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March 23, 2017            The Battle of Kings Mountain, October 7, 1780 Revolutionary War


The American Revolution had been raging for over five long years before the Battle of Kings Mountain was fought. The British had not been making any headway against Washington in the north, so in 1779 they focused their attention to the south. They gained control of George and South Carolina. In the spring of 1780, this brought the fighting closer to home for those living beyond the Appalacian Mountains, those who were known as "overmountain people".

Overmountain people were descendants of immigrants from an Irish territory known as Ulster Plantation, though they themselves had never seen Scotland or Ireland. These were people known as “low, lazy, sluttish, heathenish, hellish life” that shocked missionaries and defied the King of England, George III, by building prohibited settlements west of the Appalachian Mountains “building dirt-floor log cabins, growing what they needed and living as they pleased—a people apart”. They were also referred to later by a patriot general and governor of Virginia as “a hardy race of men, who were familiar with the horse and rifle, were stout, active, patient, under privation, and brave. Irregular in their movements [as opposed to the marches and maneuvers of regular units] and unaccustomed to restraint, they delighted in the fury of action, but struggled under the servitude and inactivity of camp.”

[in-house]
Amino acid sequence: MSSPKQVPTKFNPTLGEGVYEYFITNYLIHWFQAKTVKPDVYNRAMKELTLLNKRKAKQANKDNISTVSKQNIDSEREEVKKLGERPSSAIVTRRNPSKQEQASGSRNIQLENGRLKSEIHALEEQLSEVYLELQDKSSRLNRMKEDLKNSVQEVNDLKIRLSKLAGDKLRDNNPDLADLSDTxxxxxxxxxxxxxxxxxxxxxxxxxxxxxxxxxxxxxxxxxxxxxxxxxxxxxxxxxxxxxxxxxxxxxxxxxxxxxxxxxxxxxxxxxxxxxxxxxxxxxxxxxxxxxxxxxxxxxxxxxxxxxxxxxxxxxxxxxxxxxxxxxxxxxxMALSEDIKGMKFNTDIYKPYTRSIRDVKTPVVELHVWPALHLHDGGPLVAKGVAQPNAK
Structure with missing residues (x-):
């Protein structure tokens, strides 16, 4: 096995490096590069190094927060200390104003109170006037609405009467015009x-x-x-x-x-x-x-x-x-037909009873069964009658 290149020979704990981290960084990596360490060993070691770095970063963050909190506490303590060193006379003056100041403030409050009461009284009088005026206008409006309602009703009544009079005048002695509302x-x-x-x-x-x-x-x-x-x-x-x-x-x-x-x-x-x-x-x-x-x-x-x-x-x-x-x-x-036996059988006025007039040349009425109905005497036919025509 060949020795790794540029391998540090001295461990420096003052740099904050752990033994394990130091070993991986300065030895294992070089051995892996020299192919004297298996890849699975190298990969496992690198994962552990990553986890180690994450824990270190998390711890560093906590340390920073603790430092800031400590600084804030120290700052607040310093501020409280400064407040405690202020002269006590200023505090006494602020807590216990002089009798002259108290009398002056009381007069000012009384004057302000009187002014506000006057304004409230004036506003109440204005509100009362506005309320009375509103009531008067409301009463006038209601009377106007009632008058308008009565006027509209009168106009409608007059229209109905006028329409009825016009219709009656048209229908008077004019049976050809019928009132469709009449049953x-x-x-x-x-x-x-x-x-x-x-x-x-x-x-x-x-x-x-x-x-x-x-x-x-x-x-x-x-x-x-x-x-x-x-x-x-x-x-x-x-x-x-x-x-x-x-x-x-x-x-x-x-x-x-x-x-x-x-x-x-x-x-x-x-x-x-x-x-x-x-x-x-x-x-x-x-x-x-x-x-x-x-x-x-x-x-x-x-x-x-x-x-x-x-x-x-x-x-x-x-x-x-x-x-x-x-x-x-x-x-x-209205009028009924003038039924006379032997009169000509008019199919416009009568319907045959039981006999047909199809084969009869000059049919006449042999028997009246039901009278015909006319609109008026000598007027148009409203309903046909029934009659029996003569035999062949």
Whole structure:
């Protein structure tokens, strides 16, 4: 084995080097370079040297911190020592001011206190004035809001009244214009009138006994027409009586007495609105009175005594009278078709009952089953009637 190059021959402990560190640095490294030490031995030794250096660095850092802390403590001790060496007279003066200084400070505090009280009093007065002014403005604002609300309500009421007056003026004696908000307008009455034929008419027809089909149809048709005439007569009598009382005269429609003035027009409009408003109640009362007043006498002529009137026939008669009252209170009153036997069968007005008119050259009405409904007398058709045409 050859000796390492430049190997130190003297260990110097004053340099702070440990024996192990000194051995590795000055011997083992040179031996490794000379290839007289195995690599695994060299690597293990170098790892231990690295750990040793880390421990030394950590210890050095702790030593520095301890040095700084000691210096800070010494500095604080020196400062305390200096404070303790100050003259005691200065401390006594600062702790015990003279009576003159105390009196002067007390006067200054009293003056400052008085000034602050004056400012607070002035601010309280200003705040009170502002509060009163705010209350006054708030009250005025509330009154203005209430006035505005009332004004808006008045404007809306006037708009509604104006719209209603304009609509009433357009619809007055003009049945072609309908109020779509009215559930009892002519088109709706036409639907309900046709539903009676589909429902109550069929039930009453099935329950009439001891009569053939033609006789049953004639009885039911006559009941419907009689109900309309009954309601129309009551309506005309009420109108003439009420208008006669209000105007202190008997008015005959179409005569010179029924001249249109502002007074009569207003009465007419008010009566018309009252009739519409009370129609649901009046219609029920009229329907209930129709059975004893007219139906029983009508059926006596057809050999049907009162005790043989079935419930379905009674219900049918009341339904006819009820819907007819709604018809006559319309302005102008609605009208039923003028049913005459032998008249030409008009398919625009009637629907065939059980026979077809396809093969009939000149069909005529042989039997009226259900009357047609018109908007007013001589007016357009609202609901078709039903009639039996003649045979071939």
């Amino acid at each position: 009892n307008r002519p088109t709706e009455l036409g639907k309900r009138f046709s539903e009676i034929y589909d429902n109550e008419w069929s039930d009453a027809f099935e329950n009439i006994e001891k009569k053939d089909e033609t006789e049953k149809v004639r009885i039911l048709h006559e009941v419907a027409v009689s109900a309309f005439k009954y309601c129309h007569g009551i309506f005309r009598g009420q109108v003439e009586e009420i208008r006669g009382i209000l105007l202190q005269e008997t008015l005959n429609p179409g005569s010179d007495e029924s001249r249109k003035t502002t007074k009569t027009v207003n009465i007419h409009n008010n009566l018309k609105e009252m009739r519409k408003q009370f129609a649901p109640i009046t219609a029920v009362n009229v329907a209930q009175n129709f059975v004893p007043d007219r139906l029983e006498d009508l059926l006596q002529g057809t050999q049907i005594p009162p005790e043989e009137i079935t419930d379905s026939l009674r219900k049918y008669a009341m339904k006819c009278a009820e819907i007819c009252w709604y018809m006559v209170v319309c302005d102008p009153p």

Approximate routes of Patriot militias to the Battle of King's Mountain,
October, 1780. Present-day place names and state boundaries are
provided for reference.

The Overmountain Men formed a nucleus of other men gathered from North and South Carolina, Georgia, Tennessee, and southwest Virginia that fought at Kings Mountain. Thomas Jefferson stated that the Battle of Kings Mountain was the turning point of the war and caused the British to acknowledge that patriots couldn’t be conquered in such a vast territory or wilderness. The Rebel Yell of the Civil War is also attributed to the Overmountain Men who had picked it up from the Indians in the Cherokee War.

Of these Overmountain Men, I have found records showing my direct ancestors who were counted among their 1,000+ ranks. They were: Samuel Evans, John McAdoo, and Southy Nelson. Samuel Evans was a private in the Virginia Cont’l Line. John McAdoo was from North Carolina, I am still researching the McAdoo line.

Southy Nelson
Southy (Southway) Nelson was from South Carolina and what later became Washington County, Tennessee. He enlisted as a private in Captain Joseph Elliott's Company C of the 1st Carolina Regiment commanded by Charles Cotesworth Pinkney. Southy's last pay stub from the Revolutionary War was dated 1783.

The accounts of The Battle of Kings Mountain are vary lengthy and indepth so I will not go into all of the particulars of the Battle. It would be a great disservice for me to “water down” each of the accounts and would not give a true rendering of the events. I do strongly encourage you to go to each of the websites listed in my sources to read about what each has to say about the mustering of men to fight, the battle itself, and the outcome. They are not the usual dry facts, etc. that are usually associated with military battles, I know I found them fascinating and a great way to see inside the lives of my ancestors and a source of pride in family and country.

Sources: (click on title of each to visit web page)

North Carolina Highway Historical Marker Program

American Revolution: Battle of King's Mountain (1780)

The Overmountain Men Battle for the Carolinas

Learn NC: UNC School of Education
History Net

Abingdon Muster Grounds

American Military History Podcast
The Ride of The Over Mountain Men - Battle of Kings Mountain Part I

American Military History Podcast
The Paddle Shaped Ridge - The Battle of Kings Mountain Part II

The American Revolution in South Carolina

Battle of Kings Mountain Patriot Roster
Trish Carden


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